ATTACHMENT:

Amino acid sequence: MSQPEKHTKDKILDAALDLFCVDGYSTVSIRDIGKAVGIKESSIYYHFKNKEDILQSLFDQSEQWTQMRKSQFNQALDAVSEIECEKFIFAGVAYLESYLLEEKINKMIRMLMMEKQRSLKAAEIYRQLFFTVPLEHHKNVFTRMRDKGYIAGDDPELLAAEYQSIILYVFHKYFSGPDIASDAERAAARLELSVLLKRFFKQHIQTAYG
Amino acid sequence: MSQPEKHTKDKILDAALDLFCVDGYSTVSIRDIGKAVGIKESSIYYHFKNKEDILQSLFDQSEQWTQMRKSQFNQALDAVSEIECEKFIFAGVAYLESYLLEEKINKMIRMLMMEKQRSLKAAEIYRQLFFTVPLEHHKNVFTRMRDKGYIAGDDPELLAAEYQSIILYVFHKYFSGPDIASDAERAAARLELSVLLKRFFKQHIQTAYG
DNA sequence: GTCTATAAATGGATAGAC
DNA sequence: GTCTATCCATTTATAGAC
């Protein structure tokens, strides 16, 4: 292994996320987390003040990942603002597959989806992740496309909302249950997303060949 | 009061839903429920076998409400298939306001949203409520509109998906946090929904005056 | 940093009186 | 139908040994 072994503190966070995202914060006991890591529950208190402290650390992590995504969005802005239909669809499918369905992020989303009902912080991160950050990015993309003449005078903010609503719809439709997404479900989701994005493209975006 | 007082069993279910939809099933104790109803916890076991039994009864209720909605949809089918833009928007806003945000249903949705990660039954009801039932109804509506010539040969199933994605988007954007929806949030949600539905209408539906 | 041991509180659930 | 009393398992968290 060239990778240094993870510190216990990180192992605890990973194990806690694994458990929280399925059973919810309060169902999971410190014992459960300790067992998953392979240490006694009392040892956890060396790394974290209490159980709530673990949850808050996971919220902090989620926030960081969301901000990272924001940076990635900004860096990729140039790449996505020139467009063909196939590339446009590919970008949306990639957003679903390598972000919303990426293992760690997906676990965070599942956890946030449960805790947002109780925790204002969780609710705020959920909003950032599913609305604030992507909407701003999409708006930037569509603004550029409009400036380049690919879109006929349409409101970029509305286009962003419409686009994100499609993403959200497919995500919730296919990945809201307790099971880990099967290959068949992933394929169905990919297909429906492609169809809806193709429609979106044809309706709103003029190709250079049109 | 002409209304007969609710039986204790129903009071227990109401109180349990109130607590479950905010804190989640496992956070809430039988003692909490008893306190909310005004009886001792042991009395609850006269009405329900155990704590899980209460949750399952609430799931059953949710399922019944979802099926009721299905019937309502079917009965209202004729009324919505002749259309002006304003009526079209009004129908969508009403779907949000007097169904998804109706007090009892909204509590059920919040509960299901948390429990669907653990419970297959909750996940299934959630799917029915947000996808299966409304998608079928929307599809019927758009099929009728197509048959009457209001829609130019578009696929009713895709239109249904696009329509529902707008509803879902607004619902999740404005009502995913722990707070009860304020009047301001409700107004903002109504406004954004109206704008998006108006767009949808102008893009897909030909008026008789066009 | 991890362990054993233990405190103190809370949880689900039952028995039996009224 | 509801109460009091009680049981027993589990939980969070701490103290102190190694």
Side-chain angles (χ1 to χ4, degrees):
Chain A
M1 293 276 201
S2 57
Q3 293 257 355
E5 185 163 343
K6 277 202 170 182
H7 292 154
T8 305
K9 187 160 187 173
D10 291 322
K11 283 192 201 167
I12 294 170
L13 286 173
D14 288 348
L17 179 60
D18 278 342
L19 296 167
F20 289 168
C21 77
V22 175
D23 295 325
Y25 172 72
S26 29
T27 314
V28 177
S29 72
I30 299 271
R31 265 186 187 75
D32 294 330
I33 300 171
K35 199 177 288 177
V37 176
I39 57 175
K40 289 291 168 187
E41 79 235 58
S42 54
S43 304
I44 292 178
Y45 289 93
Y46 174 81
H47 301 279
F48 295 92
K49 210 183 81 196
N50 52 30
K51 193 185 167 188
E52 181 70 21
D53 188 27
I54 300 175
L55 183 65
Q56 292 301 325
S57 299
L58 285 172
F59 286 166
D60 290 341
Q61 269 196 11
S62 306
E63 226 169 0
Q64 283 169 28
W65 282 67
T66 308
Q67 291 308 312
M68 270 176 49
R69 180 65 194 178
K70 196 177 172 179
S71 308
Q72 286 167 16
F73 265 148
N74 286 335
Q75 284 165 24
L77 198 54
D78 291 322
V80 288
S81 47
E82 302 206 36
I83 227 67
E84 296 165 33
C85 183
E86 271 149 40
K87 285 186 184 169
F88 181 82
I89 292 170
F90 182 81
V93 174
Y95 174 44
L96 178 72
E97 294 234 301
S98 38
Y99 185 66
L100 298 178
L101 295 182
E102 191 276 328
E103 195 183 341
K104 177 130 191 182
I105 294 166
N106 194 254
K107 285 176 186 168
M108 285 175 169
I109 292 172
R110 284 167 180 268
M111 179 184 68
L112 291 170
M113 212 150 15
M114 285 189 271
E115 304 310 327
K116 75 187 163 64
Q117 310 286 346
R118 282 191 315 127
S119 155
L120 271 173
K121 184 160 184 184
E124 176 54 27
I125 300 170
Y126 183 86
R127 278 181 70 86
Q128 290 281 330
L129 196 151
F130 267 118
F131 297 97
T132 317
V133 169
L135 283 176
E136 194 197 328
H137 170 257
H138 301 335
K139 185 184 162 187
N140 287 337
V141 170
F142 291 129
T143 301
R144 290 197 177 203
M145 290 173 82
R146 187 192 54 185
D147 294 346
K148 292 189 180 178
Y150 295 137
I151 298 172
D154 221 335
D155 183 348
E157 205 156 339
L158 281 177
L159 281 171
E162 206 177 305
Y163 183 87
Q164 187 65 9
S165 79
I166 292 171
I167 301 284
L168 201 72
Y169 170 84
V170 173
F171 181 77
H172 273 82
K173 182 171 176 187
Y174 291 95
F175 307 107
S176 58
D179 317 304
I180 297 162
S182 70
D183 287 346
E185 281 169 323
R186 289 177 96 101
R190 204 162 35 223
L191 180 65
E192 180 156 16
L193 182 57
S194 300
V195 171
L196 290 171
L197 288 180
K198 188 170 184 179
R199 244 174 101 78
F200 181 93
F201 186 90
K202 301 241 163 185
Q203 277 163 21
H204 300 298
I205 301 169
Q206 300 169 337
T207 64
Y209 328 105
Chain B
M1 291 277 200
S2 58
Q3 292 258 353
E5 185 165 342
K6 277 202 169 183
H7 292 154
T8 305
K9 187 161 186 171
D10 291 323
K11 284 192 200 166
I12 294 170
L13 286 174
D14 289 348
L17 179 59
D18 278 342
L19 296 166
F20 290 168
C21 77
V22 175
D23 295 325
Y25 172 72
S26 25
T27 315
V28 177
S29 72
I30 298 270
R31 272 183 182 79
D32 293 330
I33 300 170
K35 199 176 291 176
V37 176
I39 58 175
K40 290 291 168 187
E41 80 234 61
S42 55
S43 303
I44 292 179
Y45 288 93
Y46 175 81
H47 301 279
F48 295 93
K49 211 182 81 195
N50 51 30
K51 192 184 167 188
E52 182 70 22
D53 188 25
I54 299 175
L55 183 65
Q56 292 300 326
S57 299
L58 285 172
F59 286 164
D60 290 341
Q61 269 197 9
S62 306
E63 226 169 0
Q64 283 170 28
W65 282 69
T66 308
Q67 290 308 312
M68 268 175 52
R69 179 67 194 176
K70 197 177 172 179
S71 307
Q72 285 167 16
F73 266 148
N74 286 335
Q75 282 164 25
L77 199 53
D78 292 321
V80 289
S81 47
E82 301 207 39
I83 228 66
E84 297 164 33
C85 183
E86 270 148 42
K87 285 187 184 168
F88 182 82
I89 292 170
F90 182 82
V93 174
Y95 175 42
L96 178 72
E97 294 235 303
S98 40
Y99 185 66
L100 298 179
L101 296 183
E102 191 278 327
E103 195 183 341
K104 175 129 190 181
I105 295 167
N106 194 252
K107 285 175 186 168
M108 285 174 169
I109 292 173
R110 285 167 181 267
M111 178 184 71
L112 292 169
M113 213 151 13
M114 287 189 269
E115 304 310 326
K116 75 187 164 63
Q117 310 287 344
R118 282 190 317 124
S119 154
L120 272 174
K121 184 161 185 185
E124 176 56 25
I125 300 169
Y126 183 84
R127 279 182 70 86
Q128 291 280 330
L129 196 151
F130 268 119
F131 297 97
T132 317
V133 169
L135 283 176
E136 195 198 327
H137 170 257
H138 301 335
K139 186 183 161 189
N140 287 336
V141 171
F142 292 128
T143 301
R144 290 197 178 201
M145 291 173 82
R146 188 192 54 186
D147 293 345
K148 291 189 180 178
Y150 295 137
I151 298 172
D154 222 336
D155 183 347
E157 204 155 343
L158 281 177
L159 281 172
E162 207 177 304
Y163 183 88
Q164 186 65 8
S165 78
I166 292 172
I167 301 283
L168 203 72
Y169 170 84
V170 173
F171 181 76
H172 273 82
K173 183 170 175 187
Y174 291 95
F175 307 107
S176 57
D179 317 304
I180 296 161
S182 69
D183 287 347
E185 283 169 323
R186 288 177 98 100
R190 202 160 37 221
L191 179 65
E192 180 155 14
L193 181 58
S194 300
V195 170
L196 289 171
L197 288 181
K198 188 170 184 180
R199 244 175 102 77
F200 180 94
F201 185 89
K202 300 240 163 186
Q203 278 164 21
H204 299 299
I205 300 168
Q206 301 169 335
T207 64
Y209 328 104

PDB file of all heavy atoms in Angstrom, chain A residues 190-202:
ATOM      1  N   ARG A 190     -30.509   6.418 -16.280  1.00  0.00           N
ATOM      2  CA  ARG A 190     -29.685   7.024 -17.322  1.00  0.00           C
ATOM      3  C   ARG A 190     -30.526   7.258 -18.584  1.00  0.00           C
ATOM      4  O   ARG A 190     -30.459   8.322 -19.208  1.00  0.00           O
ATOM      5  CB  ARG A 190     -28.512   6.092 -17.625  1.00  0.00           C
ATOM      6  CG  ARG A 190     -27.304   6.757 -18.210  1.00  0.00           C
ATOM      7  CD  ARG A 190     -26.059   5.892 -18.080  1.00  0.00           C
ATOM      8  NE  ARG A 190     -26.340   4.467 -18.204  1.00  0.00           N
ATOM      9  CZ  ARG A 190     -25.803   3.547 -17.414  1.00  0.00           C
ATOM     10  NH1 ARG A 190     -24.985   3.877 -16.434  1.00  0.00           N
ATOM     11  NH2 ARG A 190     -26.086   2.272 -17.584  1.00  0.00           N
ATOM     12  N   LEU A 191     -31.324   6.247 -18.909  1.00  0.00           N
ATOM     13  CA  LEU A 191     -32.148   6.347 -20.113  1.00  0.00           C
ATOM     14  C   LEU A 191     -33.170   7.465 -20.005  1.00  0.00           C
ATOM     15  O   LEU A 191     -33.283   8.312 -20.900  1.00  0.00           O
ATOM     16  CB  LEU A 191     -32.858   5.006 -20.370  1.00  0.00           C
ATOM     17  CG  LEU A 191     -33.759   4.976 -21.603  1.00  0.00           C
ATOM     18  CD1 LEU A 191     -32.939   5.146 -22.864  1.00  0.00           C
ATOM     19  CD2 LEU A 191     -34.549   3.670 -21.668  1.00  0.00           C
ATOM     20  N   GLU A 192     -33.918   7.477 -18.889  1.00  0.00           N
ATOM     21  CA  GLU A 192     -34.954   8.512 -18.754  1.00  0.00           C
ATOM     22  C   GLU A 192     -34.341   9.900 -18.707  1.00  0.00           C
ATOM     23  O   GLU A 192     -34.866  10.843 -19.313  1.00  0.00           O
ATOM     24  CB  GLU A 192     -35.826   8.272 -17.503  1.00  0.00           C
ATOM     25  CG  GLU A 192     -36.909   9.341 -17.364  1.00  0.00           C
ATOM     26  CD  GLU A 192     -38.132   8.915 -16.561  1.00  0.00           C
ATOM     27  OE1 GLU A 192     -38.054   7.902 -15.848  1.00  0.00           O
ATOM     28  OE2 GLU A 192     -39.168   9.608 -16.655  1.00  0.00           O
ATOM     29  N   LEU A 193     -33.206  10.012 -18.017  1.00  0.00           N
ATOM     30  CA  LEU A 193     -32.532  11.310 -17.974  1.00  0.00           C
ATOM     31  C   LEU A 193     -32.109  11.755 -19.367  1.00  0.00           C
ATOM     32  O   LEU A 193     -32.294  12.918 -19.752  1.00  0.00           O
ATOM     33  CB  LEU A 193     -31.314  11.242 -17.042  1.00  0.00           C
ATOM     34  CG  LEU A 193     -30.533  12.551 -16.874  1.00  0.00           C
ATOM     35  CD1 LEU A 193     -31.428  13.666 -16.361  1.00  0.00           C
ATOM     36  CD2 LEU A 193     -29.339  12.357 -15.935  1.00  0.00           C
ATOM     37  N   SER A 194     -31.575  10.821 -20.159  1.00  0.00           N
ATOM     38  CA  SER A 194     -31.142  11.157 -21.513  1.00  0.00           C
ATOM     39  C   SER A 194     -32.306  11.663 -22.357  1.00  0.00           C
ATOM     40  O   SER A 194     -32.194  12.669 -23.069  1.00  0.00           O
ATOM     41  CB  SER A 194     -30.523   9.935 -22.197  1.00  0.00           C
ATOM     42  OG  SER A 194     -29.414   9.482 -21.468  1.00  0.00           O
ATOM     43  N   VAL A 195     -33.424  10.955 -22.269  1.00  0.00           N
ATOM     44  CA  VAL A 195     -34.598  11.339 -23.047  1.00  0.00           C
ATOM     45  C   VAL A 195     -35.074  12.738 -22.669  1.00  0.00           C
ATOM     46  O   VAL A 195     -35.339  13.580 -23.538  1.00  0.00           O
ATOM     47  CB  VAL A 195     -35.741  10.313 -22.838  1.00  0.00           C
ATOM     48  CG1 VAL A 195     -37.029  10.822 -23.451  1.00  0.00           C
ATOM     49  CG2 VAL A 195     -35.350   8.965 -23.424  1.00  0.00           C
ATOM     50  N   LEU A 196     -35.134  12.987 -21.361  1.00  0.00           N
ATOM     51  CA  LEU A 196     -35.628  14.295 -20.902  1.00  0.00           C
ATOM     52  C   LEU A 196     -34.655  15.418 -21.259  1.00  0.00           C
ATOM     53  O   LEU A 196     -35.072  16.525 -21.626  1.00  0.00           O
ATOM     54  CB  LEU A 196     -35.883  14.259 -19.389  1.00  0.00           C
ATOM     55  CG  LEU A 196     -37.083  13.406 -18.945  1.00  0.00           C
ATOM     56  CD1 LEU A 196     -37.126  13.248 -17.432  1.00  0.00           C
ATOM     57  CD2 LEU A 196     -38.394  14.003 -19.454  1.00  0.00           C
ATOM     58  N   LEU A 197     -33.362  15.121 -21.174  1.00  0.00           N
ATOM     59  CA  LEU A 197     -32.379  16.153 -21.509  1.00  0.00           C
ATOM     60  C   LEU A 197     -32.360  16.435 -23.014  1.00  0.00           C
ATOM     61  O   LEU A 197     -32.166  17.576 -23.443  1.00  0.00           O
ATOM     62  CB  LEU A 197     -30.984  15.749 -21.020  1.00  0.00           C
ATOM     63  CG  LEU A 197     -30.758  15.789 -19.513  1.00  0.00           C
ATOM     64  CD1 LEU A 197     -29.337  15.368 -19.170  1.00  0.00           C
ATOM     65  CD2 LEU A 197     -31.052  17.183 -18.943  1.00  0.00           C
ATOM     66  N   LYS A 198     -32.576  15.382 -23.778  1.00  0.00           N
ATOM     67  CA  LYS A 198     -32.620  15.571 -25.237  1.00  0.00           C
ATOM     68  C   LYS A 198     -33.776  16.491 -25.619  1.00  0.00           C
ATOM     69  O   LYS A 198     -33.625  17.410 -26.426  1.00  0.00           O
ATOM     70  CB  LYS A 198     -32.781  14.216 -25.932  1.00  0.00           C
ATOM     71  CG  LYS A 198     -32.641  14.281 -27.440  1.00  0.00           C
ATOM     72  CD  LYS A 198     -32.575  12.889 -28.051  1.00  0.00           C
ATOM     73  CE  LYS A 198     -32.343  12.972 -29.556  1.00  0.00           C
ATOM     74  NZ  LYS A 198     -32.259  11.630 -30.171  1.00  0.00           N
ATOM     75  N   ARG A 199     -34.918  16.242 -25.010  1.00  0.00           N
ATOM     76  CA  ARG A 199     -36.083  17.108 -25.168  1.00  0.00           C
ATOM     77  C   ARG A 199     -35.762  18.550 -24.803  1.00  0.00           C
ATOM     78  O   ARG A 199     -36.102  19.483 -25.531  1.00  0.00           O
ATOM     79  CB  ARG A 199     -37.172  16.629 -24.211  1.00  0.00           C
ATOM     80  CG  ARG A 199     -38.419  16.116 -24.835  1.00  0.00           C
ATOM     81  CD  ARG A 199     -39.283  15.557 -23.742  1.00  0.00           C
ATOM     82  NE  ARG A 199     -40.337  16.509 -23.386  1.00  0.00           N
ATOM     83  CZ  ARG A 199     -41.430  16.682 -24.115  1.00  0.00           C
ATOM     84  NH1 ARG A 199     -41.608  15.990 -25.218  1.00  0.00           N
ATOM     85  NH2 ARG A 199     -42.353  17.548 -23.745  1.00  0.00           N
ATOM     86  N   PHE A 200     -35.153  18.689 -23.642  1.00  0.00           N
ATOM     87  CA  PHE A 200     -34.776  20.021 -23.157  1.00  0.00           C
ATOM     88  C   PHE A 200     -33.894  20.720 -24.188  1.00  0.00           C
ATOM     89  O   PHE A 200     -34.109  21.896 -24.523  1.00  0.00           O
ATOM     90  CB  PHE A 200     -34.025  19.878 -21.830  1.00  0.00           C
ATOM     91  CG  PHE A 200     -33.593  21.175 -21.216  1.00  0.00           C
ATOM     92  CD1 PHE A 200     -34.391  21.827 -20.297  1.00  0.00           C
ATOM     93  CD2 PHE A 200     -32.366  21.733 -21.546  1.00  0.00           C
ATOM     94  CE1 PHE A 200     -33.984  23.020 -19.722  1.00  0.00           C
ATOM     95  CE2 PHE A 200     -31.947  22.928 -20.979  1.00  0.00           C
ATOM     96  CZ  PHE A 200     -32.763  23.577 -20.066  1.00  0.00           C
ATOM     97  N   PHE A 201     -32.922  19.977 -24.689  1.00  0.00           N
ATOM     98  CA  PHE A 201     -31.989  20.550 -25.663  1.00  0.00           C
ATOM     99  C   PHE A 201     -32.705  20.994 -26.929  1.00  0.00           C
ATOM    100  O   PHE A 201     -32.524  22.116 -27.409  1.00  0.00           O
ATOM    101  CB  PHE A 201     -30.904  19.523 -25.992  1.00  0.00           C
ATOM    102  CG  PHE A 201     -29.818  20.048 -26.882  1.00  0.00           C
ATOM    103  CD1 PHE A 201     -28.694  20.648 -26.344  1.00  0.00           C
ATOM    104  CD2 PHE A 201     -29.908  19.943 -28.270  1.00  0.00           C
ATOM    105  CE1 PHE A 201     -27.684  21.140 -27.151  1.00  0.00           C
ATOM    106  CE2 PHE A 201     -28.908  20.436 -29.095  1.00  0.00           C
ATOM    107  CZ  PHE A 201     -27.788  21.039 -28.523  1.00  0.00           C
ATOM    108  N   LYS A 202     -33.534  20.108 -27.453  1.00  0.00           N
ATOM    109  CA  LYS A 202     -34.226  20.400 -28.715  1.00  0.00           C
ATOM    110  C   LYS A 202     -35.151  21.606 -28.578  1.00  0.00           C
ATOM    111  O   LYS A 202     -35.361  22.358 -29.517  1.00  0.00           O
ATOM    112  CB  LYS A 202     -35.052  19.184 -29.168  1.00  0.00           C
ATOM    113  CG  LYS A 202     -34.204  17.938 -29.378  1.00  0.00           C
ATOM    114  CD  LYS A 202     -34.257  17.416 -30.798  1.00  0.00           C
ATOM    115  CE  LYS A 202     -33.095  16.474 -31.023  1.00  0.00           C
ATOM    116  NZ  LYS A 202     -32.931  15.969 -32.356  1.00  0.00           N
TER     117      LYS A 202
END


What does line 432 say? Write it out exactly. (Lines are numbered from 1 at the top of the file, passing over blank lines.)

ATOM     63  CG  LEU A 197     -30.758  15.789 -19.513  1.00  0.00           C